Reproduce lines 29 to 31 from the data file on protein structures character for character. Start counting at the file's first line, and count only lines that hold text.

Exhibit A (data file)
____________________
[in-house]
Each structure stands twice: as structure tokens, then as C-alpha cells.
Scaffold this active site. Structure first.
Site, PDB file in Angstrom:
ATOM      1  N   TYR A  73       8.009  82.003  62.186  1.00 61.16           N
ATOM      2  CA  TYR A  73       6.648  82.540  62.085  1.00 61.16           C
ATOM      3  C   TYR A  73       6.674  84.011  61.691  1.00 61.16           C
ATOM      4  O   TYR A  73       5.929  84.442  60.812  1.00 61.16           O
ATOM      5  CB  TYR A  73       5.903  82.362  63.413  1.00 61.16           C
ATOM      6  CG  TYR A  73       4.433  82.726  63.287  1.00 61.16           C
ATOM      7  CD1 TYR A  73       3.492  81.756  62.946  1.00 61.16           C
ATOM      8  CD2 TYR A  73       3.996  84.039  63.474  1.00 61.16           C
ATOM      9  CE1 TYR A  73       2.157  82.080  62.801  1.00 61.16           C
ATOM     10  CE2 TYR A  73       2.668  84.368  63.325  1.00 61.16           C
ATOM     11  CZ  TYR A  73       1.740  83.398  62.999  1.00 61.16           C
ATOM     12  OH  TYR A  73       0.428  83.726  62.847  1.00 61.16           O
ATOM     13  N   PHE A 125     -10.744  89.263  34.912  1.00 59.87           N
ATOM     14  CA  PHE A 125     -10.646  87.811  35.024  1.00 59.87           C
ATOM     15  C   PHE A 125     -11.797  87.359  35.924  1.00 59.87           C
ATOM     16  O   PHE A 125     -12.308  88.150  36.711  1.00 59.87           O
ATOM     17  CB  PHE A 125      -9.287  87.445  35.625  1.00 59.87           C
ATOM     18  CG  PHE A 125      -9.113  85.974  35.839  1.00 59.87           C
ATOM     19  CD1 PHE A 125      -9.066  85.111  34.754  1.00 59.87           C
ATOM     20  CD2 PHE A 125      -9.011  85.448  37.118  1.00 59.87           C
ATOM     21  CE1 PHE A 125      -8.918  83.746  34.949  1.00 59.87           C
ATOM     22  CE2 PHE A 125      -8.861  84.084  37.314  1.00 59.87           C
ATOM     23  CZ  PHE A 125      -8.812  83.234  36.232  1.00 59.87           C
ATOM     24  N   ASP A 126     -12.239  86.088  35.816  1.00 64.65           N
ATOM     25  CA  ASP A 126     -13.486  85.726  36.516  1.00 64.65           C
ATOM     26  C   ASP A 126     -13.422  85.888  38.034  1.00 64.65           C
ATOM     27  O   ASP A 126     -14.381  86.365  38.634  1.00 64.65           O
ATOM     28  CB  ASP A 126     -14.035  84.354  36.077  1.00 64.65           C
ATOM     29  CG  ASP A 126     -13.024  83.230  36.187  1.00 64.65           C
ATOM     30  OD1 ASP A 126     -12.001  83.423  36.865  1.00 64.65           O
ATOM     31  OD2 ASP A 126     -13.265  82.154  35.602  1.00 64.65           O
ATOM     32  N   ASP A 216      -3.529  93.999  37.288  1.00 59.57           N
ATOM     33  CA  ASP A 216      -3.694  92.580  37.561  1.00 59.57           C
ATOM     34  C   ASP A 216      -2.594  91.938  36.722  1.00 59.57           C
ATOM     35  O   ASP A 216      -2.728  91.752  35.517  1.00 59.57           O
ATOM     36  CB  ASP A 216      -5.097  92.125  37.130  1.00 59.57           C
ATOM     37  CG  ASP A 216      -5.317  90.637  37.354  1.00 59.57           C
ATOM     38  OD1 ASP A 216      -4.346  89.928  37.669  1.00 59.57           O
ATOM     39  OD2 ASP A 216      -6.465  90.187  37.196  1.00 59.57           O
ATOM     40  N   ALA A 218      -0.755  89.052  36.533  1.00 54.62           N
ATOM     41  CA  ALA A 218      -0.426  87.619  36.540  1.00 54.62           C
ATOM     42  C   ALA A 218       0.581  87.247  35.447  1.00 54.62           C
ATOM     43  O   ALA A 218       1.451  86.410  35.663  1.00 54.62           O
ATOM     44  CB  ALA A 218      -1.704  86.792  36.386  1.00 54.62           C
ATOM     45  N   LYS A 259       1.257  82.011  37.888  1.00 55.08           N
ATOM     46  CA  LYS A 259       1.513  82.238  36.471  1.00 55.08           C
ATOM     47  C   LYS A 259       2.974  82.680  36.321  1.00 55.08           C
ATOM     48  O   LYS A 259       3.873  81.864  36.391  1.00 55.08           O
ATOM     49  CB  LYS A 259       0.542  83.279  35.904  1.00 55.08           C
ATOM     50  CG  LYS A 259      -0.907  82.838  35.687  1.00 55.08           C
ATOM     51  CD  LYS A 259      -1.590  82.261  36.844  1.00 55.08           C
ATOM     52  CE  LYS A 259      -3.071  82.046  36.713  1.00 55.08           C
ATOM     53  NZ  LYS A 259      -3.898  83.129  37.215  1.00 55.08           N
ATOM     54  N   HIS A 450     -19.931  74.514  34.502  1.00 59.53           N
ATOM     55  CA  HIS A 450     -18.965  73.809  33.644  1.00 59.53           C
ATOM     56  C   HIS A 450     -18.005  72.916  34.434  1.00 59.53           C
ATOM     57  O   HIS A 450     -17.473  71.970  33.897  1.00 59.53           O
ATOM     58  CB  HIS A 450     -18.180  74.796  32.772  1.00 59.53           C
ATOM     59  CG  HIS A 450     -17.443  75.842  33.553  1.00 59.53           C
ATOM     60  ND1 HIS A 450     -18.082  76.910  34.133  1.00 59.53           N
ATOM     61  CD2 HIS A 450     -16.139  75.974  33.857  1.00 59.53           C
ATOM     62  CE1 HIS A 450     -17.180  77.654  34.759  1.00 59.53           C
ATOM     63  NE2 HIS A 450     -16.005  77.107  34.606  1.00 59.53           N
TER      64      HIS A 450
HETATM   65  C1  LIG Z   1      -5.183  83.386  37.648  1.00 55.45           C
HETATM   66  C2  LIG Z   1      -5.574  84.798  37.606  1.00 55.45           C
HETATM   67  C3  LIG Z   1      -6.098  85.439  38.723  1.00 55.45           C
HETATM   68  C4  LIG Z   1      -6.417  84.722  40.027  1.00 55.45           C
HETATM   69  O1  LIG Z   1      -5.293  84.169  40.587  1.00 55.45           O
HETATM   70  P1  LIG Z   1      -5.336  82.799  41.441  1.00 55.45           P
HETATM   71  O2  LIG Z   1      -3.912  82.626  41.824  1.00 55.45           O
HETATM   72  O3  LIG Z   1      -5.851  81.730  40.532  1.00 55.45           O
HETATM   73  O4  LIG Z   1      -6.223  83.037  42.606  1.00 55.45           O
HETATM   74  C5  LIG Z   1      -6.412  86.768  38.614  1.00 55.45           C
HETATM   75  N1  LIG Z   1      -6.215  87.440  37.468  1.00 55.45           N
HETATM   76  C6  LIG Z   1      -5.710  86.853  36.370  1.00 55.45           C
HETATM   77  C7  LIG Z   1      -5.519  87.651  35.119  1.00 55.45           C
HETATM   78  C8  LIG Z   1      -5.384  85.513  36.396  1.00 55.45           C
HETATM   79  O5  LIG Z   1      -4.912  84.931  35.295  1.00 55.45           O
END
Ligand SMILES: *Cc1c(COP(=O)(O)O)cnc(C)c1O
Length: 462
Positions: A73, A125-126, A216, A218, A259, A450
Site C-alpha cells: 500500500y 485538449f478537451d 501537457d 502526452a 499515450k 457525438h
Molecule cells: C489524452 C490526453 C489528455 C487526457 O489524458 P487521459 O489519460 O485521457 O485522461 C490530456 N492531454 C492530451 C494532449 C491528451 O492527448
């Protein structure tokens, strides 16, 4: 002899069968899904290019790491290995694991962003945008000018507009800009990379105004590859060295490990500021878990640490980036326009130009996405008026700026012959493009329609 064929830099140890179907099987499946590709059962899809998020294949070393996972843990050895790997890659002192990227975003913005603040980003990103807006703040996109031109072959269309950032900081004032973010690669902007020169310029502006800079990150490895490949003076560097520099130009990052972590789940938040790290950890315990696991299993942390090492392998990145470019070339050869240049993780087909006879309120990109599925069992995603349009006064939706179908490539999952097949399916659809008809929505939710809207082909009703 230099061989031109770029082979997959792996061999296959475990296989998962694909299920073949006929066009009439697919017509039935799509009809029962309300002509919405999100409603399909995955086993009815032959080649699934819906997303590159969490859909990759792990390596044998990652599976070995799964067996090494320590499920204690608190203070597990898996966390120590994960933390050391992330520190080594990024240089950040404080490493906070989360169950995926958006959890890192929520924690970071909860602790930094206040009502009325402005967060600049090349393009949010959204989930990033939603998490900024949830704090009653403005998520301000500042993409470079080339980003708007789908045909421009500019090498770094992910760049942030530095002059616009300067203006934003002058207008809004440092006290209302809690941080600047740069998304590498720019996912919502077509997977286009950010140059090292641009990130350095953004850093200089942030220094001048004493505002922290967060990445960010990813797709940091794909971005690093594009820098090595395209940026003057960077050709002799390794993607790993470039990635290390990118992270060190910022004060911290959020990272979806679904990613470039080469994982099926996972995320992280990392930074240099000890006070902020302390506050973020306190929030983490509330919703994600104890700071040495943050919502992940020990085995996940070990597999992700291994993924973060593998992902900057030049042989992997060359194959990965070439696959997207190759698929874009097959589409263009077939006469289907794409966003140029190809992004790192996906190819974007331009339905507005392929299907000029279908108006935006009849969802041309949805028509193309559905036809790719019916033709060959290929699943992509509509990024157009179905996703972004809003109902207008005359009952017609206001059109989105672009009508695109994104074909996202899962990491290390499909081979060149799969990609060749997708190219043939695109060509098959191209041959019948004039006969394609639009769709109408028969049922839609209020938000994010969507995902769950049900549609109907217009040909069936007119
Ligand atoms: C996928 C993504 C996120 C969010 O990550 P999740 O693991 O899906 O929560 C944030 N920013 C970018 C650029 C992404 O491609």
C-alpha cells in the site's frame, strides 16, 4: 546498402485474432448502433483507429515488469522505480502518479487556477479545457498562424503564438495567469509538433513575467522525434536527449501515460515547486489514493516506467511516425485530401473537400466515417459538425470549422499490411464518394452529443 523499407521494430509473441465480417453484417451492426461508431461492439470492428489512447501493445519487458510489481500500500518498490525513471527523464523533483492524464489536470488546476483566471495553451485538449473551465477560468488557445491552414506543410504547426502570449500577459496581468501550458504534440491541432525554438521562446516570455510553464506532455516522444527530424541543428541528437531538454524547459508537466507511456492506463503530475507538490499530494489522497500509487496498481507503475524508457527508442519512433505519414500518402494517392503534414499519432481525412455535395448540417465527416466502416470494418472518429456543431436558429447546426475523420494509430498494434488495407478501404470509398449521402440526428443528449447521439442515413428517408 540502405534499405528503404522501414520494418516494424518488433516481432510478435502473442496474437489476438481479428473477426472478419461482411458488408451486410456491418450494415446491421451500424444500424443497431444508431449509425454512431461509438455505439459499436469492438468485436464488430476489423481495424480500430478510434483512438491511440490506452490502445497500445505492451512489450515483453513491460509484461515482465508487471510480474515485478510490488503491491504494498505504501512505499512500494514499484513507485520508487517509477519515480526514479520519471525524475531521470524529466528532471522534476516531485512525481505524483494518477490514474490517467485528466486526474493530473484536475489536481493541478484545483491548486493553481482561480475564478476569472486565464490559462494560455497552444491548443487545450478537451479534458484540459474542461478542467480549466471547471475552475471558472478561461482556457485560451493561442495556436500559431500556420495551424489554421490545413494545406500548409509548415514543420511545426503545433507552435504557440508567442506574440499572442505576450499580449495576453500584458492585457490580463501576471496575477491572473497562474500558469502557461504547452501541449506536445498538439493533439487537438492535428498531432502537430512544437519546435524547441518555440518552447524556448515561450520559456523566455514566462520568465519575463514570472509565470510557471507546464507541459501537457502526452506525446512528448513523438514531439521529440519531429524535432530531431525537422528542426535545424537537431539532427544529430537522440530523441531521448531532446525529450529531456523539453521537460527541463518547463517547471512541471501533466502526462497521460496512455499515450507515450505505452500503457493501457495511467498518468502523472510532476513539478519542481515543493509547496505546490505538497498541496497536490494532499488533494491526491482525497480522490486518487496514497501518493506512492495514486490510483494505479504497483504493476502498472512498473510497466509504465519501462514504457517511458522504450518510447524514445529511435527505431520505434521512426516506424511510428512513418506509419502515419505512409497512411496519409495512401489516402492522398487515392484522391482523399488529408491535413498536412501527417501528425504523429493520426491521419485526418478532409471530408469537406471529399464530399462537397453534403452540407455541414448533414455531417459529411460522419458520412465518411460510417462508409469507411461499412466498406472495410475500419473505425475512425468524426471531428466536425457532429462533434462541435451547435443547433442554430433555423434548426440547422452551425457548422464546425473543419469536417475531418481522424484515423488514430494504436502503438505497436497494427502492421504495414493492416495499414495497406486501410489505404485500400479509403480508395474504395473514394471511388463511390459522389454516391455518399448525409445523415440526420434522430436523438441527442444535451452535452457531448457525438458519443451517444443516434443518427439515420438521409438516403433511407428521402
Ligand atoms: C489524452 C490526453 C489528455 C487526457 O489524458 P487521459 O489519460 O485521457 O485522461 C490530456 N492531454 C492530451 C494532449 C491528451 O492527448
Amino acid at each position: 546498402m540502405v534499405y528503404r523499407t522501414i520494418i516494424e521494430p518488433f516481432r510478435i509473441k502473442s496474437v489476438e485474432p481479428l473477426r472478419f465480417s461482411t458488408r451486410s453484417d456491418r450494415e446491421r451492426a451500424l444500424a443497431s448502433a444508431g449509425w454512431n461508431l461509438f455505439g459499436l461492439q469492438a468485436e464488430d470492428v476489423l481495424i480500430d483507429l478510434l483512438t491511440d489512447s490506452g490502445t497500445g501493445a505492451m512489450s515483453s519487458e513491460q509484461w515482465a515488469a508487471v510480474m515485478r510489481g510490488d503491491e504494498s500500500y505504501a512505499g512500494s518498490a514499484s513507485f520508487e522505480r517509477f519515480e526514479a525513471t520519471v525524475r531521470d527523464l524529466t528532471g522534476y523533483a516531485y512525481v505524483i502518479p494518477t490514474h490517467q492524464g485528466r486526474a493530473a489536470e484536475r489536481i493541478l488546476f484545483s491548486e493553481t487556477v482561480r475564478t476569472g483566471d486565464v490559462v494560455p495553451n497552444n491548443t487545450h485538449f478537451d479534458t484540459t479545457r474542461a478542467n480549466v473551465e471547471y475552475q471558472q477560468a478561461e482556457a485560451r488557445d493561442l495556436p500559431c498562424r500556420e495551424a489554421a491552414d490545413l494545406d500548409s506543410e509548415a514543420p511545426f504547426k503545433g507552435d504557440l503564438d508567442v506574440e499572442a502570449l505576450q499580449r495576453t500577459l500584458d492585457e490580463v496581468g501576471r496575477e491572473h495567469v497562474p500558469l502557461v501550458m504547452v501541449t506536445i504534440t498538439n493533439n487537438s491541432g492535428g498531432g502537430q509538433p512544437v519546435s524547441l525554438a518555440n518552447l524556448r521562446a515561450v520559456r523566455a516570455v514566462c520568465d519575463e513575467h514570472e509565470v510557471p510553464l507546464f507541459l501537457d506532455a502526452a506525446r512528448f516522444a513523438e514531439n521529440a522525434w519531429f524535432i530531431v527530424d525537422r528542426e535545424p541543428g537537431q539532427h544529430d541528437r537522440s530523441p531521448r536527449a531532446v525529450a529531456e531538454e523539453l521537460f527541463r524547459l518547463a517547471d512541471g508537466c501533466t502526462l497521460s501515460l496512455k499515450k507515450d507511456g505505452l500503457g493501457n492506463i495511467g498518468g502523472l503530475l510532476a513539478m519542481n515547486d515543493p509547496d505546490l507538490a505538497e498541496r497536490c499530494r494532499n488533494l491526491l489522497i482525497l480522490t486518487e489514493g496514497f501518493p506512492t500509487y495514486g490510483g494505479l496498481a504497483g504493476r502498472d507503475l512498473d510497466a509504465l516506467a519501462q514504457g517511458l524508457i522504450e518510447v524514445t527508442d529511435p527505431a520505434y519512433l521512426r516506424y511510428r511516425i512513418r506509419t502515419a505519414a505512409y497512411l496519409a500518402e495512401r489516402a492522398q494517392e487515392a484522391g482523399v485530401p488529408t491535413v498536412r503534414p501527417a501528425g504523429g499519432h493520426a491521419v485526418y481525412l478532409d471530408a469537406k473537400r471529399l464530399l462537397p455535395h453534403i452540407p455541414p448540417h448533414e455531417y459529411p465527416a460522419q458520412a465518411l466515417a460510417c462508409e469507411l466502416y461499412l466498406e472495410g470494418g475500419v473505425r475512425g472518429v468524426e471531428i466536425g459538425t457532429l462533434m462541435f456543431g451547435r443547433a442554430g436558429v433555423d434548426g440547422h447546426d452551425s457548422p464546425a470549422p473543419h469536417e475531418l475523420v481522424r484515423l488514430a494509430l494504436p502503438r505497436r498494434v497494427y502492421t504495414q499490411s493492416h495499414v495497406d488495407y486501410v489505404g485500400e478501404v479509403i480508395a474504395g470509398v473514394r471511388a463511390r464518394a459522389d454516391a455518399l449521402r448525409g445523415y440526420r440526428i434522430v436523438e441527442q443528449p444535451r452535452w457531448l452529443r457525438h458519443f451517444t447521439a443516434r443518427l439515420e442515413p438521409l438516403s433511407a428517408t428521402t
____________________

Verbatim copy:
ATOM     25  CA  ASP A 126     -13.486  85.726  36.516  1.00 64.65           C
ATOM     26  C   ASP A 126     -13.422  85.888  38.034  1.00 64.65           C
ATOM     27  O   ASP A 126     -14.381  86.365  38.634  1.00 64.65           O